At one time considered to be a serious pest of cereal crops and crop stores, the breeding population of House Sparrows in G.B. has fallen from about 12-15 million pairs in the 1970’s to a current figure of around 6 million pairs. Declines were first seen in farmland but the greatest have been in urban and suburban gardens, and it is likely that different factors are responsible for the decline in the different habitats. Farmland is no longer as attractive to Sparrows as it once was, due to a multitude of factors, such as improvements in grain harvesting and storage, fewer weed seeds and invertebrates, changes in grassland management and fewer farmyards in which the birds can forage. However the greatest impact on total population size in Britain has been the decline in the urban and suburban populations. A report by the British Trust for Ornithology (BTO) to the Department for Environment, Food and Rural Affairs (DEFRA) in August 2002 suggested a number of possible reasons for the fall in the urban and suburban sparrows, including predation by cats and Sparrowhawks, a lack of nest sites due to house renovations, the development of Brown Field sites, and air pollution. The BTO reported also highlighted the possible importance of infectious disease, spread at bird tables and other forms of feeders in gardens.

Studies by SAC Veterinary Services have shown that infection with S. Typhimurium is a common cause of death in House Sparrows found dead in urban or suburban habitat by members of the public in the winter and spring. Between 1998 and 2002, salmonellosis was diagnosed in 22 of 24 House Sparrows (from nine different sites) submitted to the Avian Health Unit during the months of November to March. Monitoring wild bird faeces at garden feeding station in South-West Scotland has also shown that a strain of S. Typhimurium known to cause deaths in finches and House Sparrows can become established in flocks of wild birds feeding at bird tables and persist for over 30 months. It is therefore possible that infection with S. Typhimurium is a contributory factor to the decline in House Sparrows in some locations.

Acknowledgements.

Much of the work carried to investigate deaths in wild birds was funded by The Dulverton Trust and The Game Conservancy Trust. SAC also receives financial support from the Scottish Executive Environment and Rural Affairs Department. An additional generous donation from CJ Wildbird Foods Ltd, Upton Magna, Shrewsbury, will enable further monitoring to be carried out in 2004. The help of all organisation, companies and individuals involved is gratefully acknowledged.

Mr Tom W. Pennycott
Senior Veterinary Investigation Officer, Avian Health Unit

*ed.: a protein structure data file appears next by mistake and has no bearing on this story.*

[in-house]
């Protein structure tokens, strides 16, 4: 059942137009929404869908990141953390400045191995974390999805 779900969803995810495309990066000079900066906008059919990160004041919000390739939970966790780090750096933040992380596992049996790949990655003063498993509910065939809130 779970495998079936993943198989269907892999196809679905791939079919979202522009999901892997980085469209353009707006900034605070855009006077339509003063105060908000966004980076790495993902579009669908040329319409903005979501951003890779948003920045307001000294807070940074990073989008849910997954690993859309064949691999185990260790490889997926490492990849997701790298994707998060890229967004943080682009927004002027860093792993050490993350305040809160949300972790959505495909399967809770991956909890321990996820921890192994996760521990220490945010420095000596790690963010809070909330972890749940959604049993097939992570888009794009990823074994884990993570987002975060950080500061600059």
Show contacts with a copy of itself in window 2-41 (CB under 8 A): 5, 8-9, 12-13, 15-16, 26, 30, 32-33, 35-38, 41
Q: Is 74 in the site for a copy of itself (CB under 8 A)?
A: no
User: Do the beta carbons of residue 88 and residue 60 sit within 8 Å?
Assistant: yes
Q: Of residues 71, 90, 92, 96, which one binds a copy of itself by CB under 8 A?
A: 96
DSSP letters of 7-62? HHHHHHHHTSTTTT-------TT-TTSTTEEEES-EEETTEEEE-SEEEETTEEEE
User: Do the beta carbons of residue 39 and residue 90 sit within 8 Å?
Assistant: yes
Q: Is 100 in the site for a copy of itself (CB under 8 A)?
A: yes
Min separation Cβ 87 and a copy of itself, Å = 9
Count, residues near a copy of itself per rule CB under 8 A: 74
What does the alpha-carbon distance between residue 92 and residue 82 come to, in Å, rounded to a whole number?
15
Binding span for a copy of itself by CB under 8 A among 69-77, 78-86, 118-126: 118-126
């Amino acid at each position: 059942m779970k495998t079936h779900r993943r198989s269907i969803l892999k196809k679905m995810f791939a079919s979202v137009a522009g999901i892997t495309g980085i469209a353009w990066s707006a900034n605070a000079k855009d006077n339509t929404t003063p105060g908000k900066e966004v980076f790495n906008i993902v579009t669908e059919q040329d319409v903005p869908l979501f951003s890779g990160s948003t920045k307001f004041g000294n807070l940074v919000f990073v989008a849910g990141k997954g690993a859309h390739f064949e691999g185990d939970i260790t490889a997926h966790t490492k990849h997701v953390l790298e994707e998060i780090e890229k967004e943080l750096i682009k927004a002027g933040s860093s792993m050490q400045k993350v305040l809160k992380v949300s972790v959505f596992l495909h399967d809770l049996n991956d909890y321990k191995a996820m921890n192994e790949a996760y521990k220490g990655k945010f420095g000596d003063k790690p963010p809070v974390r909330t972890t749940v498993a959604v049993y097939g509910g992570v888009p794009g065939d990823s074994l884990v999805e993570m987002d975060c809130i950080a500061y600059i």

SAC Veterinary Services
Auchincruvie
Ayr. KA6 5AE.

January 2004.
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Old Sunday 29th February 2004, 08:24   #2
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A very informative thread and of great importance to the reasons of certain declining species.
Does the work of the Avian Health Unit cover any of the second generation anti coagulants that are apparent in certain predator species Barn Owl, Buzzard, Red kite and aquatic predators Kingfishers, Grey heron and Grebe.
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Old Sunday 29th February 2004, 09:59   #3
alcedo.atthis
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Second generation anti coagulants

Suricate. A very informative thread and of great importance to the reasons of certain declining species.
Does the work of the Avian Health Unit cover any of the second generation anti coagulants that are apparent in certain predator species Barn Owl, Buzzard, Red kite and aquatic predators Kingfishers, Grey Heron and Grebe.
Suricate

Suricate,
In a few words, I do not know, but I will ask. E-mail off today.

Regards.

One thing for all to note, bird feeders on "Tree type structures" ie wire feeders above others on a vertical frame is not a good idea. Birds feeding on the upper ones, and defecating on the lower ones as they feed, could be leading to the spread of the bacteria problems around feeding stations in gardens.(See comments in main thread about birds carrying small amounts of the disease in the wild.)

Malky @ Westhill
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Old Sunday 29th February 2004, 16:10   #4
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I have had brought to me today two goldfinches one was found dead and the other apparently just dropped out of the sky ?
It was carrying a small piece of peanut in his beak.